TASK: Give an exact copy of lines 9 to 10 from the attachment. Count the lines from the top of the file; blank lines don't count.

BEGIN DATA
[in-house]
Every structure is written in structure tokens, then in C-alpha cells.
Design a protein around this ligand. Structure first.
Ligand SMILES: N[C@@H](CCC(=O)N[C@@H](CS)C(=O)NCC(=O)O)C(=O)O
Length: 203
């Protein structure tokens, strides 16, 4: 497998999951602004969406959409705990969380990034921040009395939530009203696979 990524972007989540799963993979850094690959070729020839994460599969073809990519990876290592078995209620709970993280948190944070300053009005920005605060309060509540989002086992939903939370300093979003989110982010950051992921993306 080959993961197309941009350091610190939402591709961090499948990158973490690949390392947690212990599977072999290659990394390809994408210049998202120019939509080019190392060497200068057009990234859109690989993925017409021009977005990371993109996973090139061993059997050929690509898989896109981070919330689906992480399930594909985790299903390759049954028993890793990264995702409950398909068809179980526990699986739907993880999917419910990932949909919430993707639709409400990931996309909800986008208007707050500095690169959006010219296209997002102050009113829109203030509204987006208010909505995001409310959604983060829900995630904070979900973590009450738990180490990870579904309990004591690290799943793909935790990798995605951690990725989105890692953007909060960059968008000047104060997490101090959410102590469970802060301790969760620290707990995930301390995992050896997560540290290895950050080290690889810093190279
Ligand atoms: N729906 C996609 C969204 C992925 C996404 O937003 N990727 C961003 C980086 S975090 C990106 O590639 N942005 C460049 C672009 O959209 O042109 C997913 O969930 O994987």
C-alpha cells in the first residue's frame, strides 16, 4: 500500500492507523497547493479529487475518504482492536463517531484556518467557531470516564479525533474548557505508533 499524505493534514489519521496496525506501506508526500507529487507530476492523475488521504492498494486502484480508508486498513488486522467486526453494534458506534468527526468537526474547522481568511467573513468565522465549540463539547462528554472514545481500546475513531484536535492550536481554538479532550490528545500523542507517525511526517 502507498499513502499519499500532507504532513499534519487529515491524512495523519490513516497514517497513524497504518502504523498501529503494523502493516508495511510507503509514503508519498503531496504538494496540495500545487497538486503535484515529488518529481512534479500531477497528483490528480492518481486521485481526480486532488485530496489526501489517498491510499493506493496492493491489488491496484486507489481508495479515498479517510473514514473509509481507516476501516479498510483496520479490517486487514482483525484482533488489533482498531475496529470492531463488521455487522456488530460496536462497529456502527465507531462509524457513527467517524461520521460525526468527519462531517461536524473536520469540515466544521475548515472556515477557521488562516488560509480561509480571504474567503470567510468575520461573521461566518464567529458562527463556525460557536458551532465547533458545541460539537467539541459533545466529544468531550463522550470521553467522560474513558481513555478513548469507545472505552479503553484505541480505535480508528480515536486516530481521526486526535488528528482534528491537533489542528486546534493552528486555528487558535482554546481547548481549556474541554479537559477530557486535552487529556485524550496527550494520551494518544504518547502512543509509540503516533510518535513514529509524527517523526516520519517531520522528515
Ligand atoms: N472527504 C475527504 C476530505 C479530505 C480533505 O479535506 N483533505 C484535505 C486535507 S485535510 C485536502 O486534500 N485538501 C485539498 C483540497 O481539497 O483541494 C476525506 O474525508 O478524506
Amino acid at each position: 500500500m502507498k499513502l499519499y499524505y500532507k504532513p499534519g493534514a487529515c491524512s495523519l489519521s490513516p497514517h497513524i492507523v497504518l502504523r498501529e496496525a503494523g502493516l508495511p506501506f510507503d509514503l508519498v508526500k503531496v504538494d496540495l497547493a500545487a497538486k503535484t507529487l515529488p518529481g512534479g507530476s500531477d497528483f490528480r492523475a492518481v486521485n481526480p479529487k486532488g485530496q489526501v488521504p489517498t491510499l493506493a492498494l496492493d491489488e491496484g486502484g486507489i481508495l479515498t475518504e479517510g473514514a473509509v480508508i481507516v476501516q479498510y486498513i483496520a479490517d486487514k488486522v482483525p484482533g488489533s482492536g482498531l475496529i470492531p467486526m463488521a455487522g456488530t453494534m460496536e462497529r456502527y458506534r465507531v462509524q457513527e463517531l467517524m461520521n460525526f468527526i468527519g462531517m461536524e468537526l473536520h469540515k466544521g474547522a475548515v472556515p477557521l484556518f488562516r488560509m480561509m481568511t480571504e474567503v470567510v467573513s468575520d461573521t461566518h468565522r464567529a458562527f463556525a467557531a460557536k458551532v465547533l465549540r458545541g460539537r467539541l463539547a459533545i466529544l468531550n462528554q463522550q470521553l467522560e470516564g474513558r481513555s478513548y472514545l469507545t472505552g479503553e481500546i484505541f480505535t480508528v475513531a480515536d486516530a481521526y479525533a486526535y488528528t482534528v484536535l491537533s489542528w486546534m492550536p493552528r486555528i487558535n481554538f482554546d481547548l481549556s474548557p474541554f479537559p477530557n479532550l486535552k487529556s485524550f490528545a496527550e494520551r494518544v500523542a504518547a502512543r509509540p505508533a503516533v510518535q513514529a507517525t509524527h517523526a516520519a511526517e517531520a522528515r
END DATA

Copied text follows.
Ligand atoms: N472527504 C475527504 C476530505 C479530505 C480533505 O479535506 N483533505 C484535505 C486535507 S485535510 C485536502 O486534500 N485538501 C485539498 C483540497 O481539497 O483541494 C476525506 O474525508 O478524506
Amino acid at each position: 500500500m502507498k499513502l499519499y499524505y500532507k504532513p499534519g493534514a487529515c491524512s495523519l489519521s490513516p497514517h497513524i492507523v497504518l502504523r498501529e496496525a503494523g502493516l508495511p506501506f510507503d509514503l508519498v508526500k503531496v504538494d496540495l497547493a500545487a497538486k503535484t507529487l515529488p518529481g512534479g507530476s500531477d497528483f490528480r492523475a492518481v486521485n481526480p479529487k486532488g485530496q489526501v488521504p489517498t491510499l493506493a492498494l496492493d491489488e491496484g486502484g486507489i481508495l479515498t475518504e479517510g473514514a473509509v480508508i481507516v476501516q479498510y486498513i483496520a479490517d486487514k488486522v482483525p484482533g488489533s482492536g482498531l475496529i470492531p467486526m463488521a455487522g456488530t453494534m460496536e462497529r456502527y458506534r465507531v462509524q457513527e463517531l467517524m461520521n460525526f468527526i468527519g462531517m461536524e468537526l473536520h469540515k466544521g474547522a475548515v472556515p477557521l484556518f488562516r488560509m480561509m481568511t480571504e474567503v470567510v467573513s468575520d461573521t461566518h468565522r464567529a458562527f463556525a467557531a460557536k458551532v465547533l465549540r458545541g460539537r467539541l463539547a459533545i466529544l468531550n462528554q463522550q470521553l467522560e470516564g474513558r481513555s478513548y472514545l469507545t472505552g479503553e481500546i484505541f480505535t480508528v475513531a480515536d486516530a481521526y479525533a486526535y488528528t482534528v484536535l491537533s489542528w486546534m492550536p493552528r486555528i487558535n481554538f482554546d481547548l481549556s474548557p474541554f479537559p477530557n479532550l486535552k487529556s485524550f490528545a496527550e494520551r494518544v500523542a504518547a502512543r509509540p505508533a503516533v510518535q513514529a507517525t509524527h517523526a516520519a511526517e517531520a522528515r